I remember an incident about five years ago that raised more than a few eyebrows. A team had completed the analysis of a high-profile botnet criminal gang -- enumerating all the key members, identifying their personal addresses, bank accounts, etc. -- and had crafted a special report that we wanted to share with law enforcement. The problem was that, even as a compressed archive, the file was too large for the law enforcement team to receive as an email attachment. I'm sure most of us have been in similar circumstances, and IT teams all around the world ended up doing the same thing occasionally -- we encrypted the file, uploaded it to our nonpublic website, crafted a special (i.e., custom) URL for the file, and emailed the URL to our key law enforcement contact. The officer then followed the link, downloaded the file, informed us that he'd safely downloaded the file, and we promptly deleted it from the website. All in all, it's a fairly secure method of transferring large files -- if a little cumbersome.
The interesting thing, though, was that after looking at the Web logs, it was noticed that the file was downloaded twice -- once from an IP address associated with the law enforcement office, and the second time by an IP address in the Philippines. Not something that was expected, and definitely a little worrying at the time.
The cause of the second download from the mystery Philippines IP address lay with the desktop antivirus suite the law enforcement officer was running on his computer. He had had the "cloud-based" enhanced security features enabled, and essentially his antivirus product had intercepted the URL he had followed to download the file; since the URL was unknown and unclassified by the suite's reputation system, it was submitted to the cloud for further analysis. So, while he was downloading the file, his antivirus provider was simultaneously downloading the file to its servers in the Philippines in order to classify the URL, and to also scan the large file with a more advanced mix of antiviral tools. Just as well the file was encrypted!
Rest assured, the law enforcement officer (and no doubt everyone he worked with) took quick steps to turn off this feature of their antivirus suite to prevent future slip-ups. Given the confidential nature of the files they may have been receiving on a daily basis and the URLs they may have been visiting or investigating at any point in time -- "disclosure" of that information could have had a significant effect on many of the cases they were working on.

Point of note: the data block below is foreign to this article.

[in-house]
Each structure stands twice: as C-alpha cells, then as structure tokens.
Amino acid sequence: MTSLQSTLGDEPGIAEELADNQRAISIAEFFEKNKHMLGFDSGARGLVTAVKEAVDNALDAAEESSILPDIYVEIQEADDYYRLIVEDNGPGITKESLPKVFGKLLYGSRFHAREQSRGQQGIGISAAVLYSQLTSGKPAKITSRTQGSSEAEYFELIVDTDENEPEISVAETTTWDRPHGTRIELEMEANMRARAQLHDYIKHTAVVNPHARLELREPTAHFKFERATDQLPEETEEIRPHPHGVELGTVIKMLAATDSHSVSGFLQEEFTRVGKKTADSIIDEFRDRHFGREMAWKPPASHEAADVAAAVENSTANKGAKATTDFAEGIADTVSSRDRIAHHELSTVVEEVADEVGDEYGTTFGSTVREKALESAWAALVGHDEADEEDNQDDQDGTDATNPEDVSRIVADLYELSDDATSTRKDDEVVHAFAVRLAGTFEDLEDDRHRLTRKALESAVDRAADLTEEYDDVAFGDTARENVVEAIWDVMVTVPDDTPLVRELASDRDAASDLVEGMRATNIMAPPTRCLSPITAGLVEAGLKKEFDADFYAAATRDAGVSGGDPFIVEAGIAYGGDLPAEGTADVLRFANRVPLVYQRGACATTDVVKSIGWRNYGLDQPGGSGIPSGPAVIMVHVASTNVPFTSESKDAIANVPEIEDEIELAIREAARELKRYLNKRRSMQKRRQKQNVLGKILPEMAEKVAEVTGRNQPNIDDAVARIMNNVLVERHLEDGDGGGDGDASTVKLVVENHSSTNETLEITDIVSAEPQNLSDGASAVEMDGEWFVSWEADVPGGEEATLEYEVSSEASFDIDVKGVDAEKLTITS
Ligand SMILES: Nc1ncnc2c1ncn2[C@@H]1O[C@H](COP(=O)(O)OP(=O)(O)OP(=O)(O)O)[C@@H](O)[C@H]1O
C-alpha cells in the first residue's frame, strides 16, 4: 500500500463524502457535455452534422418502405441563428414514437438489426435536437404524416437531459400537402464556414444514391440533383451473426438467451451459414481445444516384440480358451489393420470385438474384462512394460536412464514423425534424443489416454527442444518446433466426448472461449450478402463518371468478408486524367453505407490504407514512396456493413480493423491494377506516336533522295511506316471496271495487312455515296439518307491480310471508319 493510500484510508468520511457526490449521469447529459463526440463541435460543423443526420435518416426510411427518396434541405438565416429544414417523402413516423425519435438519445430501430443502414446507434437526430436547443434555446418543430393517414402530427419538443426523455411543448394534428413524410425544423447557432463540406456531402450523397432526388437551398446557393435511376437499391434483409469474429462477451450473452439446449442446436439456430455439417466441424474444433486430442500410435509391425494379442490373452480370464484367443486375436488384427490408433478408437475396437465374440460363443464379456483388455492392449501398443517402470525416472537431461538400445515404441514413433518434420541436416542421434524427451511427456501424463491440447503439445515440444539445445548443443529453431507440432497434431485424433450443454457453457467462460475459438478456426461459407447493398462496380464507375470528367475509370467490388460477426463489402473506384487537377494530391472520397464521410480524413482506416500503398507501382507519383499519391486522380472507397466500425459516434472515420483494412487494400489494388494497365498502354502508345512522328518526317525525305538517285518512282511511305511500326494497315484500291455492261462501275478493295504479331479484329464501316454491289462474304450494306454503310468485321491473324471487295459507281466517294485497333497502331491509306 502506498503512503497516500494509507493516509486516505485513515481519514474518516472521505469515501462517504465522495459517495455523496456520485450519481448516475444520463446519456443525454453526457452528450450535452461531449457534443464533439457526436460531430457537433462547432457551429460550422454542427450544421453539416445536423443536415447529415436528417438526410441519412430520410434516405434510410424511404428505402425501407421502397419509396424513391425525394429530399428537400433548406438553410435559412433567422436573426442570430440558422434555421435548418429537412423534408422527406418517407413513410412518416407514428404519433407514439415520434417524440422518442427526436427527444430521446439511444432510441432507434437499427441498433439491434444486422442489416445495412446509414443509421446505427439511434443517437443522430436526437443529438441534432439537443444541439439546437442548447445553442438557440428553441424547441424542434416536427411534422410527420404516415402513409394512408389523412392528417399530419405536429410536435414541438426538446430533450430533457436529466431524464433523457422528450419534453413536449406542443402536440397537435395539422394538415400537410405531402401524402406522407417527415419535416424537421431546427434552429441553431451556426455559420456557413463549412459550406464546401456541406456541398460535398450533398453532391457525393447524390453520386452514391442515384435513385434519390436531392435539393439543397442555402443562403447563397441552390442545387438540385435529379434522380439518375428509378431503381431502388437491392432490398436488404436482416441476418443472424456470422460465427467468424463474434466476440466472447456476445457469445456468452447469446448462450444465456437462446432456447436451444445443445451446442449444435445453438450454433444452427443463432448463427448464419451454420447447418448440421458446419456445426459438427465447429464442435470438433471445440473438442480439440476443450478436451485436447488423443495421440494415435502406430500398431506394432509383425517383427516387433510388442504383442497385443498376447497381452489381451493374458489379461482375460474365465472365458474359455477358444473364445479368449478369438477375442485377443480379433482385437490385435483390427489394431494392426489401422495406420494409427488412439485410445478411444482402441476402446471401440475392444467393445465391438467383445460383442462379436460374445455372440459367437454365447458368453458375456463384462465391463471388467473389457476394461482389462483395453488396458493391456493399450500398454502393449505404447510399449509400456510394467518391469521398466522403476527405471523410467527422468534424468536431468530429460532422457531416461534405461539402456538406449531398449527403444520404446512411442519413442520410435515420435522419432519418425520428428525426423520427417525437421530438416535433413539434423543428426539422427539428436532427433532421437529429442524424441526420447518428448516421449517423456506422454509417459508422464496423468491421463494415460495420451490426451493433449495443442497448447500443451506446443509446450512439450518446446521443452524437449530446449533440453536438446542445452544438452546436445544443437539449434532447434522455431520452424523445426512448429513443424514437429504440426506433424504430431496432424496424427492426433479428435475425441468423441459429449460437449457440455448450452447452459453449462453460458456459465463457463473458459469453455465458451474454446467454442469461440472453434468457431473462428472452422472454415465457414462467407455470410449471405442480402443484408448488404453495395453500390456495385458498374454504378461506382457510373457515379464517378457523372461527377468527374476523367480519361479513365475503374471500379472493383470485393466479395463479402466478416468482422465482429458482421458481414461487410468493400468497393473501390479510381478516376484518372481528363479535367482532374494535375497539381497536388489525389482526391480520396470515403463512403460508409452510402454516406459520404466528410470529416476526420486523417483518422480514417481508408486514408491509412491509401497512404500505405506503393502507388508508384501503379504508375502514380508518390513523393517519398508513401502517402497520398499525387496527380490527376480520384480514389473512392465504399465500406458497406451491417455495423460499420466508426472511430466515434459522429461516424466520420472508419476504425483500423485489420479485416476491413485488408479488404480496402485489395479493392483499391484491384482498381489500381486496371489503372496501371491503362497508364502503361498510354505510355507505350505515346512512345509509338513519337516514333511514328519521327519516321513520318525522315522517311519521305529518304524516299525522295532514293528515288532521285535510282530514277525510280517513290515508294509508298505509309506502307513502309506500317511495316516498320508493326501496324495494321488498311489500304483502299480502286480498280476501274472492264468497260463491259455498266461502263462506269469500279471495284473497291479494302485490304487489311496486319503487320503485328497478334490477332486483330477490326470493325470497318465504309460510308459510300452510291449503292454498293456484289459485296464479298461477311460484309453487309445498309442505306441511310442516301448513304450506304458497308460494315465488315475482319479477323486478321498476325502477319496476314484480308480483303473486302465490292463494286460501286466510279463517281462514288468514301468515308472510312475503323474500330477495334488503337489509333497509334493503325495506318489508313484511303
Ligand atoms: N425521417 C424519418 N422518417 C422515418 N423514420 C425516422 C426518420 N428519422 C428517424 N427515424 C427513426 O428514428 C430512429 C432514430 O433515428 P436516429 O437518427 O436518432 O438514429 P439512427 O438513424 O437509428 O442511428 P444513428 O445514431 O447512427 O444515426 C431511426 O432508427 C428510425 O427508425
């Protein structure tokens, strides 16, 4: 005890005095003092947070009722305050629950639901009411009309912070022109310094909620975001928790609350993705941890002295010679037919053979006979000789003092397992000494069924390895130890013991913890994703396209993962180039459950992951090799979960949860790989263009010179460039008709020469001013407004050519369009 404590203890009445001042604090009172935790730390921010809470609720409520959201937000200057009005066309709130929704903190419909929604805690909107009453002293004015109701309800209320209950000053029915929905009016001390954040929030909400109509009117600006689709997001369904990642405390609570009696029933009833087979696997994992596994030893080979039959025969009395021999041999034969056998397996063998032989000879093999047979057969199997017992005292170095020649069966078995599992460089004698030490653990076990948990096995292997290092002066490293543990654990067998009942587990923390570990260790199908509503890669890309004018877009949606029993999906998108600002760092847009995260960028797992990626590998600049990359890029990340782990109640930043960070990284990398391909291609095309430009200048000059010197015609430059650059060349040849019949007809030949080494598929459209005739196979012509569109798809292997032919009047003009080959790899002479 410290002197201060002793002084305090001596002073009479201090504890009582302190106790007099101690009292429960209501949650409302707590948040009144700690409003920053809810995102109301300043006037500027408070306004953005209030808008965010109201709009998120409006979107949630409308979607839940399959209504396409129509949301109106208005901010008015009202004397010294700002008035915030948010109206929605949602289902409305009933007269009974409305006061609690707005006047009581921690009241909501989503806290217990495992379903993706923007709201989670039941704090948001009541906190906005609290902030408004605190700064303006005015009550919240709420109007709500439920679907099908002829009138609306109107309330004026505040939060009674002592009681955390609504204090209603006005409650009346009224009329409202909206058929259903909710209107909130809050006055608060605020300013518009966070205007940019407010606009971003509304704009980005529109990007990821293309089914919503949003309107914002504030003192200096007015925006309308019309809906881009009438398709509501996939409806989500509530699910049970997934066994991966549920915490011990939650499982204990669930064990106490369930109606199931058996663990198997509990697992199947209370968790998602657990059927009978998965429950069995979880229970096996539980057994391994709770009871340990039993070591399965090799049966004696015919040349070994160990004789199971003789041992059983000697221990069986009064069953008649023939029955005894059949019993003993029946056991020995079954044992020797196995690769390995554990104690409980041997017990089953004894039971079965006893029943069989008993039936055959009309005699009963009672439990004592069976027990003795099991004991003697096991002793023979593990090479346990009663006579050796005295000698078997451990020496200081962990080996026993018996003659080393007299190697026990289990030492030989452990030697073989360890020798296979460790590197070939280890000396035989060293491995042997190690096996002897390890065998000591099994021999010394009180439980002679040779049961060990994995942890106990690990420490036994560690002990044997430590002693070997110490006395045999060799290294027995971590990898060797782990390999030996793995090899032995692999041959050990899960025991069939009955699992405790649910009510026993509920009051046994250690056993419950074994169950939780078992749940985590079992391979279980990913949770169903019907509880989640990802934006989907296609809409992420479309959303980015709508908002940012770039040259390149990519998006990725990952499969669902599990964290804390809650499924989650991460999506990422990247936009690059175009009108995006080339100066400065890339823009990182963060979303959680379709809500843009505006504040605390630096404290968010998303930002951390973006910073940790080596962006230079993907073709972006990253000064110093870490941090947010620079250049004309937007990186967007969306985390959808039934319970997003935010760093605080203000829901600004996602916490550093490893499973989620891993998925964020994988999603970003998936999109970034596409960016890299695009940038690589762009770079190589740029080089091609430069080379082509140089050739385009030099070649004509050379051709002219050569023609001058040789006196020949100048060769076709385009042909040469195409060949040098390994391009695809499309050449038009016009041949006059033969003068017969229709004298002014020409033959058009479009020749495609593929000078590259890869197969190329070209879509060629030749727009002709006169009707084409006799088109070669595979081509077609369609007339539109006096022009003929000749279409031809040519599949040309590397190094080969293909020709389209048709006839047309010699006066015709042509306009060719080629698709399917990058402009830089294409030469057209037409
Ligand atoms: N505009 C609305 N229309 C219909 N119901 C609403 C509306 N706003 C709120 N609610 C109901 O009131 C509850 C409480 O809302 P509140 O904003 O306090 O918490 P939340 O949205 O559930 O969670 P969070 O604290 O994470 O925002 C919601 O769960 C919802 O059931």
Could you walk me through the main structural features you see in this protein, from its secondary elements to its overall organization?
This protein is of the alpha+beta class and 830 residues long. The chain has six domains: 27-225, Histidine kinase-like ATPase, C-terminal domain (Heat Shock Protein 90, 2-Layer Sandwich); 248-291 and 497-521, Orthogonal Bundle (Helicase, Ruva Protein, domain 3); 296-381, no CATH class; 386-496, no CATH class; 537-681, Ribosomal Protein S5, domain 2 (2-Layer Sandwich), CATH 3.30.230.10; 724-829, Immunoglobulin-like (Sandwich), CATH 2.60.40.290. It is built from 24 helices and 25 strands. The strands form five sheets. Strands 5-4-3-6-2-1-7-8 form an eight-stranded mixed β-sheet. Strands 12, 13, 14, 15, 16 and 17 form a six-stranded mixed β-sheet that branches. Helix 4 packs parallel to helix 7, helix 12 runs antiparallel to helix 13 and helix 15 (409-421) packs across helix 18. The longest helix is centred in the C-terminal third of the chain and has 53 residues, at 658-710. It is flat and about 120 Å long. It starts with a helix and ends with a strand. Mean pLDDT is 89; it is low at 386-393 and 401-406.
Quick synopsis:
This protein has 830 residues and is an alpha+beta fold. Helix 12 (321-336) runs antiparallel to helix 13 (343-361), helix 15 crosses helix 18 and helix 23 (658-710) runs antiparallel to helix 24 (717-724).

Fast-forward to today, and I think that most people will struggle to locate the settings within their antivirus suite that turn off the cloud-based submission system, and will probably find that their suite relies more on the cloud for protection than ever before. By turning off the cloud-based assistance, they'd likely have less local antivirus capabilities than products of five or more years ago.
I suspect that many corporate users can appreciate the sometimes problem of confidential and personal files being passed to the cloud, where some remote system or cluster of analysts will eventually peruse and pass judgment on its maliciousness.
Some additional questions you need to factor into the equation are how long those files will remain accessible, who can view the files, and whether the files (or metadata) are made available to third-parties.
If you take the time to read through most antivirus suite EULAs and software licenses, you'll probably be hard-pressed to find the clauses pertaining to the data you submit to a vendor's cloud. This will probably be concerning to the CIOs of most businesses out there. After investing in perimeter defenses and smart filters to prevent data leakage, here's a route that you've probably contractually agreed to, but had no idea that you had.
While the egress of confidential files and their contents may be worrying, I'd be just as concerned about the URL reputation systems -- and the Web links that each PC, laptop, or other antivirus protected device is browsing each day, which are, in turn, being sent back as telemetry data to the antivirus vendor. This is likely a rich dataset for outsiders trying to understand your business.
Think about the way your organization uses and accesses the Internet (in the office, on the road, and from home). New business deals, supply chain vendors, competitor analysis, internal resource URLs, etc. -- all insight that can be garnered from the metadata easily enough. This is a dataset considerably richer than the likes of Google or Yahoo can piece together -- because the host-based antivirus has visibility at a per-user, per-host, level.
In the wake of many of the NSA metadata collection revelations, it would be prudent to assume that the intelligence agencies of many countries would dearly like to have the data being harvested by your chosen antivirus suite -- a dataset that you probably consented to providing when you installed the software package. Now factor into the equation that your chosen antivirus vendor is likely headquartered in the Philippines, Romania, Czech Republic, Russia, United Kingdom, Finland, or elsewhere around the planet, and you may be feeling a cold chill down the back of your neck.
I'm not saying that any of the antivirus vendors conspire with government agencies to share their collected intelligence, but if there's one thing the recent revelations should make you appreciate, it should be that most governments have ample legal rights and privileges to obtain this information from the companies within their jurisdiction when they feel the need to. With that in mind, I'd advise CIOs and CSOs to carefully review their practice for cloud submissions and be prudent in their overall choice of antivirus vendor.
Gunter Ollmann, CTO, IOActive Inc.